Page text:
Meath Manager Eamonn Murray shakes hands with Orla Byrne as the player makes her way off at Parnell Park on Saturday.

Sweet victory but Meath have room to improve

LADIES SFC ANALYSIS Murray and Grimes reflect on another epic

"They don't don't do things easily, do they?" That question was asked by one Meath supporter who attended Saturday evening's Ladies Leinster SFC game at Parnell Park. He was talking about how Meath looked comfortable at one stage but seemed to lose their way somewhat in the closing stages as the Sky Blues came storming back.

Ahead 1-8 to 0-4 midway through the second-half Eamonn Murray's team were clinging on at the end, yet the manager appeared very content with the team's overall showing - and with good cause.

Okay, the closing stages were far from comfortable for the Meath supporters in the big crowd that showed up for this one. It looked like Dublin might snatch a win just as they did when they sides met in March in the league.

Just like then, Saturday's game was a right old humdinger, the play ebbing and flowing from start to finish. Both sides attacked with purpose but invariably made a load of mistakes as they sought to create something.

On top of the errors there were loads of turnovers, moves that ended up going down cul de sacs. On top of all that the engaging contest was sprinkled with outbreaks of top-quality, classy football. What we didn't get was cynical, roughhouse football and we should be eternally thankful for the absence of all that in the ladies game.

As is always the case when these two teams meet there was no mass rush for the exits before the end. Spectators certainly got their money's worth.

The Meath manager was pleased for all sorts of reasons. There was the victory, of course, made that much sweeter by the fact it was achieved in Dublin's back parlour. There was something else that pleased him. Members of the broader panel, who might not always make the starting team, got some valuable game-time.

"We always wanted to get five subs on against Dublin away so from that point of view it was a good day at the office, very happy." he said as he stood on the Parnell Park pitch afterwards as youngsters swirled around him and the players looking for selfies and autographs. This is a team of the people if there ever was one.

The manager gives the impression that every time he sees his team win he is once more astounded by their commitment, their appetite for victory. Their hunger.

"You could see out there today that they had the hunger, they really wanted to win. We were wondering if they had the hunger and they have. They certainly have the fitness, some of our moves were out of this world, the work-rate.

"Aoibhin Cleary, Mark Kate Lynch, Monica (McGuirk), you could go on. Look at Emma (Troy) what a player, Vikki (Wall) class. Niamh Gallogly came on did a marvellous job, what can I say, young Ciara Smyth caught a great ball at the end. It all adds up and we had no injuries, that was very important. "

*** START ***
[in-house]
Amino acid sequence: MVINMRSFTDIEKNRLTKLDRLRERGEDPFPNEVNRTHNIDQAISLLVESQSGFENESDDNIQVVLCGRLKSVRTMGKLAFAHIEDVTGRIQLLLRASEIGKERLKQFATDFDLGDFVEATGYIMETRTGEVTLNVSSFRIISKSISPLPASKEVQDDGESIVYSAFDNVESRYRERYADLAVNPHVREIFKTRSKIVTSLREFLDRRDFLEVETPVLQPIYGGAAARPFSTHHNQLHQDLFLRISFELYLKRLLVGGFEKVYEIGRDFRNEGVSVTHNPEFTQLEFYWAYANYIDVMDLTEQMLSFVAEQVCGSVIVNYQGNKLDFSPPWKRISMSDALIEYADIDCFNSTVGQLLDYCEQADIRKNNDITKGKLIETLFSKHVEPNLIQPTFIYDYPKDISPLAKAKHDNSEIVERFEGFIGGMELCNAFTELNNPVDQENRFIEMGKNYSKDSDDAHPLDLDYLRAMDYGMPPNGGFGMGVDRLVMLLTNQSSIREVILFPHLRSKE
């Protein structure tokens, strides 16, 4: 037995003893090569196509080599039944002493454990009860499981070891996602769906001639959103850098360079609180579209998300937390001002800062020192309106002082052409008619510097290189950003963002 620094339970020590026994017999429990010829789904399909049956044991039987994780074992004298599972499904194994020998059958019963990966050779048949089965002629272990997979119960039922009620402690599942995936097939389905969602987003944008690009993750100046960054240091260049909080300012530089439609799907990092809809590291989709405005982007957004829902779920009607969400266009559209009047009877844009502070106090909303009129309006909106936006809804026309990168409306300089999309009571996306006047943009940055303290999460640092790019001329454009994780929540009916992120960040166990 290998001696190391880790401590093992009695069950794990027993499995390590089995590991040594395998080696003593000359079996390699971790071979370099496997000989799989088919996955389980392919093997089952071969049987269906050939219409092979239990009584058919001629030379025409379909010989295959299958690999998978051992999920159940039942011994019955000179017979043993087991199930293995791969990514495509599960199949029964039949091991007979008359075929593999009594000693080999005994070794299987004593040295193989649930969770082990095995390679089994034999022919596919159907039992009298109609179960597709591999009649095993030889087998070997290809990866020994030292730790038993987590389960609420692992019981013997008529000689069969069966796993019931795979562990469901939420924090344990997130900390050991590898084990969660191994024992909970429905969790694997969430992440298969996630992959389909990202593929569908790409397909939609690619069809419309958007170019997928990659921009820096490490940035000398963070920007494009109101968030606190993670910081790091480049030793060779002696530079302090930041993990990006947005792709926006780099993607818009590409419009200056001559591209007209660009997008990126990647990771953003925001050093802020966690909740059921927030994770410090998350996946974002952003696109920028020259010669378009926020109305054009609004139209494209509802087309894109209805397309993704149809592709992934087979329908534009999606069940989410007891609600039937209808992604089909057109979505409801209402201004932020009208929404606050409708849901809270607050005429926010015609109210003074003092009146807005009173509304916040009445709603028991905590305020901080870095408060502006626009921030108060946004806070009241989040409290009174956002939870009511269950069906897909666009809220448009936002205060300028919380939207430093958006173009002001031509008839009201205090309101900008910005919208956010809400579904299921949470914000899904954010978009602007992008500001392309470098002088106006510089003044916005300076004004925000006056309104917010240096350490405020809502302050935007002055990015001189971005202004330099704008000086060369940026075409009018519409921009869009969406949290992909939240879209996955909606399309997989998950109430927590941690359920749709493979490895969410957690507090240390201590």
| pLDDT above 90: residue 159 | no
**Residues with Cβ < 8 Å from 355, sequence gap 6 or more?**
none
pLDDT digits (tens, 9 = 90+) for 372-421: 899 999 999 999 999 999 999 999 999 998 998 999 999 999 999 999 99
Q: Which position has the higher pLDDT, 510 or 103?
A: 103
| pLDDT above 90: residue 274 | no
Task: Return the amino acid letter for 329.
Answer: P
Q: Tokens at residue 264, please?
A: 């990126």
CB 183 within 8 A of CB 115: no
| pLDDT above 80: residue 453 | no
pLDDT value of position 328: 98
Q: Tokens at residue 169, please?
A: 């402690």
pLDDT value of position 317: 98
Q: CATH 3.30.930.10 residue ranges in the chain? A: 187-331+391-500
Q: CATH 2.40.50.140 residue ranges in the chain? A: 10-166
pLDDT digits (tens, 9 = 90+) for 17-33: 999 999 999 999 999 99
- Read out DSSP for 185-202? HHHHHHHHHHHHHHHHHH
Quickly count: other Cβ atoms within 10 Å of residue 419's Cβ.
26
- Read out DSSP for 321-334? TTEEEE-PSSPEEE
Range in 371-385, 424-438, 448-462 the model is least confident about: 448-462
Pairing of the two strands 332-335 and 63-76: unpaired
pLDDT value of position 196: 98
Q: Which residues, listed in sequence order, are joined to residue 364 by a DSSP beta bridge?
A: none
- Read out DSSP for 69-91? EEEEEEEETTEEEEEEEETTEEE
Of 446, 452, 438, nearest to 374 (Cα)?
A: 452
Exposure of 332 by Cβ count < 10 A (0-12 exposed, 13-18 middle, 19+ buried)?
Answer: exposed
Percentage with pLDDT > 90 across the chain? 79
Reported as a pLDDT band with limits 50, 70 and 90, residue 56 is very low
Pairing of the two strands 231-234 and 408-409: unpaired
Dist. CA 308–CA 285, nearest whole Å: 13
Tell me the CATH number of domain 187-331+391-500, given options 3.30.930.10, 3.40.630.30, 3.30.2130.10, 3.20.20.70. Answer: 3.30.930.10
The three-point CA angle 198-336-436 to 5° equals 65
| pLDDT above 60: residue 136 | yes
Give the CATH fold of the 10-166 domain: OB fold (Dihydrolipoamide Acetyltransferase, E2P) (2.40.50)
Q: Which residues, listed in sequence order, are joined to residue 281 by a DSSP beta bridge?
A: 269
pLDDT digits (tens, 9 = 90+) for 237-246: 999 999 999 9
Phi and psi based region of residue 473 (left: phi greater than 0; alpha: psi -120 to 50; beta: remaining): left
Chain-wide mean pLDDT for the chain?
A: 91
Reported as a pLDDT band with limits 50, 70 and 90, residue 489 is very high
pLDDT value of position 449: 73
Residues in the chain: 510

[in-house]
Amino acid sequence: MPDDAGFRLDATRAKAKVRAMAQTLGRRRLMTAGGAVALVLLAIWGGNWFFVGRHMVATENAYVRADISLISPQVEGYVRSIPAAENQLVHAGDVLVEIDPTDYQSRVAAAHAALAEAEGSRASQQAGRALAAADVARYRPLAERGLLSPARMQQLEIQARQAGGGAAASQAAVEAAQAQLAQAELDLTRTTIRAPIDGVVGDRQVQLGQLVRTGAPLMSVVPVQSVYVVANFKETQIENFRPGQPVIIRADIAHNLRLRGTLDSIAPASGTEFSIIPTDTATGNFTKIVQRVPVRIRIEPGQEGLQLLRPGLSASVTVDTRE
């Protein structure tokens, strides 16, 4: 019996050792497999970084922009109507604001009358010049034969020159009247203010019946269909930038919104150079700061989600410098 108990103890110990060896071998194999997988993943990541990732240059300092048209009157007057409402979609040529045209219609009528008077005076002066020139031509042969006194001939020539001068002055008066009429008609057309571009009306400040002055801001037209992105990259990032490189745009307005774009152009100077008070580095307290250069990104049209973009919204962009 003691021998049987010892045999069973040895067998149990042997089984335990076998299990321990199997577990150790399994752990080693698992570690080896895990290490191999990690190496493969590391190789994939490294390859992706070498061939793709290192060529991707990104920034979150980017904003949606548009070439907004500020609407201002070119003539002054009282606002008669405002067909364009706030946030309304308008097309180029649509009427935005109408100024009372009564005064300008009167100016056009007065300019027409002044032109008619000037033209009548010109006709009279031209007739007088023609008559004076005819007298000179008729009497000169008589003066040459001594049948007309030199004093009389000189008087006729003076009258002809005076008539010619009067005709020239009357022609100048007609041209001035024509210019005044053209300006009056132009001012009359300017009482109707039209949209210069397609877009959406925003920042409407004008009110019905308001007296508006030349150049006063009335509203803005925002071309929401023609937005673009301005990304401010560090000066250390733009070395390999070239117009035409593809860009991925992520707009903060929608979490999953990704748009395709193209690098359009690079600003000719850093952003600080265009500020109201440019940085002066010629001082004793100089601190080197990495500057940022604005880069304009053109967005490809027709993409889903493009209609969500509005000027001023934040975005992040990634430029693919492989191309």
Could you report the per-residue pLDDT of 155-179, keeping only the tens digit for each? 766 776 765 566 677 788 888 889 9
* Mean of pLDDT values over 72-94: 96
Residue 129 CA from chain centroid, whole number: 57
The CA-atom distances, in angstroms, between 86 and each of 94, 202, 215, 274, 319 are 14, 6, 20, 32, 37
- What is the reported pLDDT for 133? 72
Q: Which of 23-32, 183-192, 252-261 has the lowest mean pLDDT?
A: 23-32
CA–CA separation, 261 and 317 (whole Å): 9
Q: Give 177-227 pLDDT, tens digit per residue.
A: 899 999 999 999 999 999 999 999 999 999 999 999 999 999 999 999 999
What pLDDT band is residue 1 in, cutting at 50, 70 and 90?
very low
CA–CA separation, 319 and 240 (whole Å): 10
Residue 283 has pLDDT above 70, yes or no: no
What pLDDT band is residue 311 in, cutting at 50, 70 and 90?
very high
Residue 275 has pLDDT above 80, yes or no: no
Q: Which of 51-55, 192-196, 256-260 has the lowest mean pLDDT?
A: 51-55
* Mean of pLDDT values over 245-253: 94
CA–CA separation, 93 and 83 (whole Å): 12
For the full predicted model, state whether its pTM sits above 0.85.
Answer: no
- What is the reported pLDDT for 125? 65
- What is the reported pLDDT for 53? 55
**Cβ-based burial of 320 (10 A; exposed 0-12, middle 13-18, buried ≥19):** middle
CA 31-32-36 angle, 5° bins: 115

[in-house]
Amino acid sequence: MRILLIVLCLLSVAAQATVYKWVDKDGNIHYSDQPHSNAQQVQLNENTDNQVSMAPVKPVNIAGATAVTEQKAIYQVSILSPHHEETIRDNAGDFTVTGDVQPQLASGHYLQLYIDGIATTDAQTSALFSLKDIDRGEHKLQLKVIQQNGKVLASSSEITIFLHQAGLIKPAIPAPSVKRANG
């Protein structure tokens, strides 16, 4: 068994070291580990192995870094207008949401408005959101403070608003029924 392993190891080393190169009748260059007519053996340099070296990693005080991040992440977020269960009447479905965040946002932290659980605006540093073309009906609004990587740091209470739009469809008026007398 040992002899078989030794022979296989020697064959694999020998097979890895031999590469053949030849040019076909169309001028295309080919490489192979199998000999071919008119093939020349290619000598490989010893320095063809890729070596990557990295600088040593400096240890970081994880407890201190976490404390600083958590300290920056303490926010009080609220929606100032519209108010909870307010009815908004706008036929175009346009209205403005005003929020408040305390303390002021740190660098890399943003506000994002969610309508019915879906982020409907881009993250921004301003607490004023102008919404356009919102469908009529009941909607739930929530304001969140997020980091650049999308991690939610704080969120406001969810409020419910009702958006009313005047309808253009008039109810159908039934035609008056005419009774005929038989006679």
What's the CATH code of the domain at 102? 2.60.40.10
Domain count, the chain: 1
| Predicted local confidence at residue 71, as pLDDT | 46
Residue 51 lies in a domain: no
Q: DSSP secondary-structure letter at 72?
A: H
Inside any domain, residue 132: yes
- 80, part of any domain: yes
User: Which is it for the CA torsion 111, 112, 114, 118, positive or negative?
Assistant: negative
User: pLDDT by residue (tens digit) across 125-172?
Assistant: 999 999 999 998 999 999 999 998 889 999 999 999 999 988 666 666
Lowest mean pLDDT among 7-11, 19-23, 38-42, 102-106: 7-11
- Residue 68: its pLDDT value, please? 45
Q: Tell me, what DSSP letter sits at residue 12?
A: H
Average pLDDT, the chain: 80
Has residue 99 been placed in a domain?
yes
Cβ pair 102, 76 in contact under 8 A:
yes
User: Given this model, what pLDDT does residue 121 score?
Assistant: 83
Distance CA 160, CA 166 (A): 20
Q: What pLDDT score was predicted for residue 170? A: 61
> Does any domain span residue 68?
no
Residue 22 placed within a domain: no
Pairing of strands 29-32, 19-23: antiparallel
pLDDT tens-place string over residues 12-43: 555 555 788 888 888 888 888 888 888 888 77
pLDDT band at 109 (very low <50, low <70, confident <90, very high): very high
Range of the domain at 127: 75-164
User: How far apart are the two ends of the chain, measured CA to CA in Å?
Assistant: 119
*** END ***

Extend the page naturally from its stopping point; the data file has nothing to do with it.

Yet despite the win Murray recognised too that the team has work to do if it is to go on and achieve the heroics of last year. He likes to focus on the positives (and maybe that's one of the main reasons why this team is so successful) but he is not deluded either.

The turnovers, the way the team practically conceded the final quarter to Dublin were all recognised by Murray as aspects of the performance that needs to be looked at. "There is a lot of work to do but that's the way we should have it," he added.

He talked of the great buzz that was generated during the game by what seemed hundreds of youngsters with the attendance bulked up by kids from Dublin clubs - and there was some advice from Murray for the Meath men's team when they take on Dublin this Sunday.

"Our players have no fear of Dublin or anybody else and the senior men's team shouldn't have either. You can't have fear playing teams like Dublin. Our players don't have it. I think that comes from defeating them at under-age level."

That issue of appreciating the victory - yet also acknowledging the need to improve constantly and get better - was alluded to also by Stacey Grimes afterwards. Her view highlighted one of the great strengths of this Meath team - their acknowledgment of what is needed to win and willingness to constantly strive for self improvement.

The Seneschalstown player, who works as a Meath LGFA Games Development Officer, made a huge contribution to Saturday's victory, issuing a series of passes that time and again stretched the Dublin defence. She also landed four points from frees.

"We know Dublin are an excellent side so we knew what to expect. We were happy enough with our performances and our win but there's a lot of room for improvement," she added.

"Any game you go out you always want to win but you always want to put in a decent performance as well as win. To play well.

"We are looking forward to getting back to training this week and fixing a few mistakes. Some of our handling, the passing, the shot selection today wasn't what it can be and from my point of view just be a bit more clinical in front of goals. You're always looking to get better and improve on things. The most important thing is that we won.

"You want to try and get on the ball as much as possible, try and influence the game, manage the game, make myself more effective but this is a team game, it's about everyone working together and we do that."

Her words are a blueprint for the success of any football team. This Meath side don't always make it easy for themselves but they invariably win out in the end.